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The Procurement Lawyer Winter 2024

News from the Chair, Winter 2024

Eric Whytsell


  • The Model Procurement Code update project will address current legal thinking and the realities of modern procurement methodologies, which could shape the nature of state and local procurement for years to come.
  • A separate “Special Working Membership Groups” will focus on understanding and responding to government attorneys, in-house attorneys, and law firm attorneys member group needs.
  • The American Bar Association’s newly designed website highlights member content, spotlights contributing members and professional profiles, and offers improved search filters.
News from the Chair, Winter 2024
Scott Cramer via Getty Images

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In my last column I shared my excitement about the future for the members of the Section of Public Contract Law. Happily, I can report that the Section’s glass was significantly more than half full for the past several months and there are more good things ahead!

The Section hosted a stellar Public Procurement Symposium in New Orleans in November. For me, one of the most gratifying aspects of the Symposium was the number of first-time attendees and first-time speakers that I met. It was wonderful engaging with them, hearing about their practice in government contracting, introducing them to other attendees, helping them make connections, and welcoming them to the Section. You may come to a conference not knowing anyone but that will certainly change before you depart--the Section welcomes one and all. To no one’s surprise, the Symposium content was excellent and thought-provoking. While we don’t offer a virtual option for our three annual conferences, we have been working on providing insight into some of the quality content to those who weren’t able to attend. Content from one of the symposium sessions, “How Appropriations and Fiscal Law Is Adapting to an Increasingly Uncertain and Rapidly Changing World”, was transformed into an article that is featured in this issue, allowing more members to benefit from the insights offered at the Symposium. We hope to replicate this effort moving forward to highlight the excellent programming and speakers/contributors at our conferences.

This winter issue of The Procurement Lawyer also includes a couple of new features–-one of which details the Section’s recent efforts preparing comments to regulatory agencies in response to their proposed rules, and another which spotlights the work of our Contract Claims and Disputes Resolution Committee.

Looking forward, the Section has a number of efforts and activities on the horizon related to our membership, engagement, and sustainability goals. First, after many months of ad hoc meetings between a group of Section members (led by Ben Bare of the Housing Authority of the City of Harford, Connecticut), and the members and staff of the National Association of State Procurement Professionals (NASPO), the Model Procurement Code (MPC) update project is finally kicking off. The MPC was first created by members of this Section in the seventies and updated in 2000. Our 2024 update project is much needed to reflect current legal thinking and the realities of modern procurement methodologies, which could shape the nature of state and local procurement for years to come. If you have any interest in the project, I’ll put you in touch with the right folks so you can join a subcommittee working on the procurement aspects in which you’re most interested. Numerous Section members have already joined the effort, but the more the merrier!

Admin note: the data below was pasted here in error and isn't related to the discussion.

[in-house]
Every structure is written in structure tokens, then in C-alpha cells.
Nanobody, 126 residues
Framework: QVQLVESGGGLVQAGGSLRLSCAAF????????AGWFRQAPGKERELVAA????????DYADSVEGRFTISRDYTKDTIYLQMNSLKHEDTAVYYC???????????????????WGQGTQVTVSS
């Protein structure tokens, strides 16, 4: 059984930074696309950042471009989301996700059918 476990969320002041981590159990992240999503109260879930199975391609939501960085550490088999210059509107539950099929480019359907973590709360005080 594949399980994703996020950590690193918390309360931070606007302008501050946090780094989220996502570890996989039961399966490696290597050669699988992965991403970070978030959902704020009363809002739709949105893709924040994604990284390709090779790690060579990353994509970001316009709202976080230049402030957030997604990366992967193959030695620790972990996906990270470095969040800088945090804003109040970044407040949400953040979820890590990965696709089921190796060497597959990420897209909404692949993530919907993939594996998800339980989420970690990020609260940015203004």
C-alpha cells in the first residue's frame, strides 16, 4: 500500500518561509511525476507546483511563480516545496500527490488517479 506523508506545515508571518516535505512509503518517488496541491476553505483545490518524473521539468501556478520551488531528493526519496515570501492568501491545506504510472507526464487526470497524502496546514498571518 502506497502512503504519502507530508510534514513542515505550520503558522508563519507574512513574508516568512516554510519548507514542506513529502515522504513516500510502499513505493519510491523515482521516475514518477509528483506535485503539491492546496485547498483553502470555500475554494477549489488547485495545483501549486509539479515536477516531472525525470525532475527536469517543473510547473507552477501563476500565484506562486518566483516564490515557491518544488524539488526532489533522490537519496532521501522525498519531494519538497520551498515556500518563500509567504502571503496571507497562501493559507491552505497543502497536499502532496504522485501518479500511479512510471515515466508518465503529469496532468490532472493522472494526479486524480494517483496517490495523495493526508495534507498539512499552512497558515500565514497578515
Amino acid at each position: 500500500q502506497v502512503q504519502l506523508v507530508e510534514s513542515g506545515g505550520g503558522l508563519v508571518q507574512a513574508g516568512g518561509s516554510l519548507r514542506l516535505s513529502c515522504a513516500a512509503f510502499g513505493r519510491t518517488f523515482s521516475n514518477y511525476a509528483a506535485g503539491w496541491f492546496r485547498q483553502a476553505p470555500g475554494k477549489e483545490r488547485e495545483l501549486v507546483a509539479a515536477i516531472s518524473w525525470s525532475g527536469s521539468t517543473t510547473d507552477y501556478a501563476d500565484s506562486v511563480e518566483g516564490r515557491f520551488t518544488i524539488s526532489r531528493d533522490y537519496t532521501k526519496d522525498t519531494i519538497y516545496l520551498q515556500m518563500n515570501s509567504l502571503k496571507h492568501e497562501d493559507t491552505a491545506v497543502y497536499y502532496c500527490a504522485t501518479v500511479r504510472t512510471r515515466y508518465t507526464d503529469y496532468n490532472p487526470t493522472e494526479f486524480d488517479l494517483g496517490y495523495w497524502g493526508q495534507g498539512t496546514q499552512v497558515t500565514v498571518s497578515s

Second, we have created separate “Special Working Membership Groups” to focus on more fully understanding and responding to the respective and specific needs of three member groups: government attorneys, in-house attorneys, and law firm attorneys. Our Membership Officer, Brad Jorgensen, will lead the efforts to engage with members of the various groups and advise Section leadership on how the Section can better serve them in their practices.

Third, the Section’s webpages will soon be migrated to the ABA’s newly designed website, which is focused on highlighting the quality content produced by our members and shining a spotlight on the contributing members and their professional profiles. In support of the ABA’s goal to have all Section content on the website searchable by topic, the Section officers have been assisting our staff in this herculean effort of reviewing and tagging all content using a standard set of topics and subtopics specific to government contracting. We look forward to the Section’s migration to the newly designed site, and then using the improved search capabilities and viewing all the profiles of our talented Section contributors.

Speaking of news, here’s some: The Federal Procurement Institute (FPI) is scheduled for March 6-8, 2024, in Annapolis, Maryland. In its 30th year, the FPI never fails to deliver excellent programming, engaging dialogue, and valuable insights and information about a wide variety of both evergreen and cutting-edge government contracting issues. Next to the excellent programming, we have the very best networking events you can find–-evening receptions, no-host dinners at local Annapolis establishments, networking lunches and numerous casual get-togethers, to name a few. We hope to see you there.

After FPI, we will close out the spring season with the Section’s second-annual Committee Showcase, so be on the lookout for detailed information about the Showcase offerings.

For all these reasons, the Section leaders and I remain very bullish on the future of the Section and excited about working with you to achieve our goals. If you’d like to become more involved in the Section, please email Section Director Patty Brennan.

We welcome your participation.